Physical Activity Boosts Emotional Health

As therapists, we frequently provide physical activities for children to promote muscle strengthening, range of motion, balance, motor skills and coordination. We must not forget that physical activity also helps to boost the social and emotional health of children. Physical, active play can help children to:

  • express emotions such as smiling and laughing
  • negotiate with peers during games such as turn taking, establishing rules of games, etc
  • reduce stress
  • elevate the mood
  • establish feelings of pride and accomplishment by achieving goals such as climbing equipment or running around a track

Therapists can offer suggestions to parents and teachers on how to support the emotional development of children through play.  Here are some helpful tips to suggest:

  •  observe the children and see what they enjoy playing.  Create more opportunities for what they enjoy.
  • recommend “just right” activities for the children.  Provide teachers and parents with a list of activities that the children can accomplish to help boost feelings of self worth.  Perhaps provide some activities that may be a challenge so that children can have a sense of accomplishment of pushing themselves to achieve more.
  • praise children when they achieve new motor tasks or skills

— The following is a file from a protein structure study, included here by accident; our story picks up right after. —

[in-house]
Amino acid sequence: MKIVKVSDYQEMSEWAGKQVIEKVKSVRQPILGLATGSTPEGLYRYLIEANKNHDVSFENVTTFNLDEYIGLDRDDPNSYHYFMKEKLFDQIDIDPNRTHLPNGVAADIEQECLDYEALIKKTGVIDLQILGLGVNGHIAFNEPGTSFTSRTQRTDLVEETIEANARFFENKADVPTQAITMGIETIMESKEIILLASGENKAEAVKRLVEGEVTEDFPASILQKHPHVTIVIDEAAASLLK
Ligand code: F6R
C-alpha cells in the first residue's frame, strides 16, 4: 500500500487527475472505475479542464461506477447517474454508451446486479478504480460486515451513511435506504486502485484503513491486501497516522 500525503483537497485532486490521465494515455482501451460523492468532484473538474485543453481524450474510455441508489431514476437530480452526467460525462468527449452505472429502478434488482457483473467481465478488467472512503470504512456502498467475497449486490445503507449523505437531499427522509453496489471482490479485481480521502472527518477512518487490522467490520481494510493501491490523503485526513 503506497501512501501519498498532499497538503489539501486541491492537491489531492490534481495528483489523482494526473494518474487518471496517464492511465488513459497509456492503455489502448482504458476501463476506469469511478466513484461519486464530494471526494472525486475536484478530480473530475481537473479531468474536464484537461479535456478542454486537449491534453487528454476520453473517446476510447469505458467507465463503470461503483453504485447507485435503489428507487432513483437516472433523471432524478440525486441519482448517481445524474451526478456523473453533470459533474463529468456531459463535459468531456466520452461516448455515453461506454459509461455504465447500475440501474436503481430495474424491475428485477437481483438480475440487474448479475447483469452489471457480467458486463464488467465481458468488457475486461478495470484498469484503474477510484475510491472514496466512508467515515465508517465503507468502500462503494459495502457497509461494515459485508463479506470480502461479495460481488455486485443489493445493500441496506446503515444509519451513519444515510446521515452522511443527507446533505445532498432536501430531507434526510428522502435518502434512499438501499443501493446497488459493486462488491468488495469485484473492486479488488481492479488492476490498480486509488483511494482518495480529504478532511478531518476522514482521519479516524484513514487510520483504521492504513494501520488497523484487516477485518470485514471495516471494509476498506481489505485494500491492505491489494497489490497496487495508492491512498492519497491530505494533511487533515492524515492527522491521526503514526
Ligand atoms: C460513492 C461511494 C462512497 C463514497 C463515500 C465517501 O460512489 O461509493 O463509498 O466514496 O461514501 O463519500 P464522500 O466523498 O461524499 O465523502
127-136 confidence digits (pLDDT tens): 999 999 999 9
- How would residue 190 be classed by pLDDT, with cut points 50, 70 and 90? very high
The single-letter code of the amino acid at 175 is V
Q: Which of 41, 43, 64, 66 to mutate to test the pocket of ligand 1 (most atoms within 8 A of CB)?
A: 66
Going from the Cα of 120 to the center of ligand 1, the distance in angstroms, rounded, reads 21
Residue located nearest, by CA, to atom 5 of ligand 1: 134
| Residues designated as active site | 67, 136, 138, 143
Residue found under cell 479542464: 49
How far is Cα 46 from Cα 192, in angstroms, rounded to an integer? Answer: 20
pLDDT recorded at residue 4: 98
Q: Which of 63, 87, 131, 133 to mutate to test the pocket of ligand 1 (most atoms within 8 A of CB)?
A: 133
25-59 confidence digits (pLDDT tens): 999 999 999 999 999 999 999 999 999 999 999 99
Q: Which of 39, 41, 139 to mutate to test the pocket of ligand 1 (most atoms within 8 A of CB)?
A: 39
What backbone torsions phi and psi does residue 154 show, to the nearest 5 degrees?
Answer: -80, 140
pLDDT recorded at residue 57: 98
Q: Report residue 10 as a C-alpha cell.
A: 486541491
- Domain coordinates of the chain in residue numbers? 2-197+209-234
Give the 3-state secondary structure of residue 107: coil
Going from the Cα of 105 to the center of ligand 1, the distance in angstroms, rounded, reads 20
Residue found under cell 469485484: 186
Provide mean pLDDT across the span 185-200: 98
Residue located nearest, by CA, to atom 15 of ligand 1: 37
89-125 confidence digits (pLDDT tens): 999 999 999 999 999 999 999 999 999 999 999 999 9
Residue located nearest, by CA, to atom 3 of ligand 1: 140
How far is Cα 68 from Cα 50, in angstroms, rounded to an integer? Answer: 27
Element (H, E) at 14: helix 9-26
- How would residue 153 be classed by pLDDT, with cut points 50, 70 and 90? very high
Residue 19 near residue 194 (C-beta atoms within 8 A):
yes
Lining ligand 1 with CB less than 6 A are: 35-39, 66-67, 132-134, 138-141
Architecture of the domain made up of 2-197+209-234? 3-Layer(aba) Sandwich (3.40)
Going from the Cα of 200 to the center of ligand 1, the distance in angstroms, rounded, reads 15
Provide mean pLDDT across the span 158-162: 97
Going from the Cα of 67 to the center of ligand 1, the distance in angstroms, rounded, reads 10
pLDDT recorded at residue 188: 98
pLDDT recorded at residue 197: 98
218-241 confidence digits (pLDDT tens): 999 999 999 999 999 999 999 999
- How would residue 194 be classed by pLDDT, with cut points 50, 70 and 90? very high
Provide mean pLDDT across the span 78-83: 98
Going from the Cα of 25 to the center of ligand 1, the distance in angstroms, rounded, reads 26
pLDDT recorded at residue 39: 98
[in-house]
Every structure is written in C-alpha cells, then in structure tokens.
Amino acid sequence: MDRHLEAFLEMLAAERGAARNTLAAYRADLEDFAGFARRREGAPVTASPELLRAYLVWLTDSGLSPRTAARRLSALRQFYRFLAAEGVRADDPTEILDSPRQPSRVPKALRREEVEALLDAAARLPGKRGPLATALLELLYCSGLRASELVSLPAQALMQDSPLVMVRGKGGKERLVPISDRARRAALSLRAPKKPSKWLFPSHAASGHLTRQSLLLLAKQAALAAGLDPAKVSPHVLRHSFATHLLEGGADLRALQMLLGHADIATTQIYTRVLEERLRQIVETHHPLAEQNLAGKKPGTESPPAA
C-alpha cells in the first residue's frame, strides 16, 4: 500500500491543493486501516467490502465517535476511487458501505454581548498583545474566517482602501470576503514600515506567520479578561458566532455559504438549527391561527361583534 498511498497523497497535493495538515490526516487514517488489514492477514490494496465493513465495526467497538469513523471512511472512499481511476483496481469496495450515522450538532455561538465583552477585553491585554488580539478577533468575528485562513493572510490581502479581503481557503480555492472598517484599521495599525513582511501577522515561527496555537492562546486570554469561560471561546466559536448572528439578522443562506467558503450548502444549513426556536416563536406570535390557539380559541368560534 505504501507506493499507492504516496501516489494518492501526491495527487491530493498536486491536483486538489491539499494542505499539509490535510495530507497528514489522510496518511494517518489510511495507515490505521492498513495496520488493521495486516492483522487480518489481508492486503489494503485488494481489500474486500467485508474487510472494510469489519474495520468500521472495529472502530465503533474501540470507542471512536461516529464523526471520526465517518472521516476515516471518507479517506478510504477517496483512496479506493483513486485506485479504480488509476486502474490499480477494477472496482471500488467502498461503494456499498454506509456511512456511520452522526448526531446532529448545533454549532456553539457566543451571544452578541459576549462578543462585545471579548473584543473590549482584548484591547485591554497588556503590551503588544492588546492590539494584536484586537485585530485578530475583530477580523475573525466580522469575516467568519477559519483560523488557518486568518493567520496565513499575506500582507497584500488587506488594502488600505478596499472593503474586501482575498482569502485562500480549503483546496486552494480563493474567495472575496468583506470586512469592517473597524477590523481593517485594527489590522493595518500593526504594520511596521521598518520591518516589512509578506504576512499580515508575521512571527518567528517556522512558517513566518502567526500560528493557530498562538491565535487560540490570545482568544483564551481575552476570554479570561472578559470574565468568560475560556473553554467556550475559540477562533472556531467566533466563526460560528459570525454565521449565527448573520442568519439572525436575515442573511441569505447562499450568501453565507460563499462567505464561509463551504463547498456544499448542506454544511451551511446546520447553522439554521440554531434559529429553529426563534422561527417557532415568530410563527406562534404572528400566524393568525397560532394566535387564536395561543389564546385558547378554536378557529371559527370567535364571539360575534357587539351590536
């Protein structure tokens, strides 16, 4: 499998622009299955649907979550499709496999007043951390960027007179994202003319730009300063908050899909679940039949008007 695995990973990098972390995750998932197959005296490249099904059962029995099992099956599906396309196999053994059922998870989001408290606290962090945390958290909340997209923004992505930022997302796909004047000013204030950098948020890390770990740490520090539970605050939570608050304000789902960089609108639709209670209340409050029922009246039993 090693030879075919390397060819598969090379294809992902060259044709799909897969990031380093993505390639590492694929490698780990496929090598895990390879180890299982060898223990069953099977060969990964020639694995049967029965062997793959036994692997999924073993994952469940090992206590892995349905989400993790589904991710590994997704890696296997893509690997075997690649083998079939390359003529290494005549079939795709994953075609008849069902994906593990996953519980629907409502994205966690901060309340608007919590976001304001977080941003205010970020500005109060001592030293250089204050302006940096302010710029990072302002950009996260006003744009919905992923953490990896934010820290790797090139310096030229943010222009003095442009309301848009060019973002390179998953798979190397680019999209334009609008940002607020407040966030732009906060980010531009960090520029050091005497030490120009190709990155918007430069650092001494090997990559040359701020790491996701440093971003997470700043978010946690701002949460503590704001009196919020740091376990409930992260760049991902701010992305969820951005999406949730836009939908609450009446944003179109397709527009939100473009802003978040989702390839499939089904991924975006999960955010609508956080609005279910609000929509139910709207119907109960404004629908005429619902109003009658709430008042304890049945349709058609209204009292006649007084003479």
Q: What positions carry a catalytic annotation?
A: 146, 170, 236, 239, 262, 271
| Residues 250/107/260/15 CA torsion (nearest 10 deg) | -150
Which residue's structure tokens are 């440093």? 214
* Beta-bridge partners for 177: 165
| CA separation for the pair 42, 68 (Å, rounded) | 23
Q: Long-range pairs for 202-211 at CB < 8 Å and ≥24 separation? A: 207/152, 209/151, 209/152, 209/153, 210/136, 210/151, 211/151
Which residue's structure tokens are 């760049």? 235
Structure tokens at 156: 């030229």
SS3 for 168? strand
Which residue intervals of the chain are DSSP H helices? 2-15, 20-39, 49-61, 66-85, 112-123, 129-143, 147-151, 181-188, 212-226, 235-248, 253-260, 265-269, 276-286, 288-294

• add emotions to make believe active play i.e. be a silly troll, a happy princess or a miserable witch
  • offer some activity ideas that all children can participate in regardless of motor skill to encourage peer interaction.  This will help some children to focus on the social aspects of play without having to struggle with motor skills.
  • keep children motivated and engaged.  If certain activities are not encouraging active play, change it up to make it more active.  Add more loose parts to play such as balls and hula hoops rather than relying on playground equipment to get children moving.

Physically active play can help children to become more confident, develop self control and support emotional health.

Reference:  Dr. Jeffrey Trawick-Smith and Julia DeLapp. Moving With Feeling Nurturing Preschool Children’s Emotional Health Through Active Play. Brief developed by the Center for Early Childhood Education at Eastern Connecticut State University for Head Start Body Start. Retrieved from the web on 9/20/11 at

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Feelings Activities

Create 3 activities to help children learn about emotions and feelings.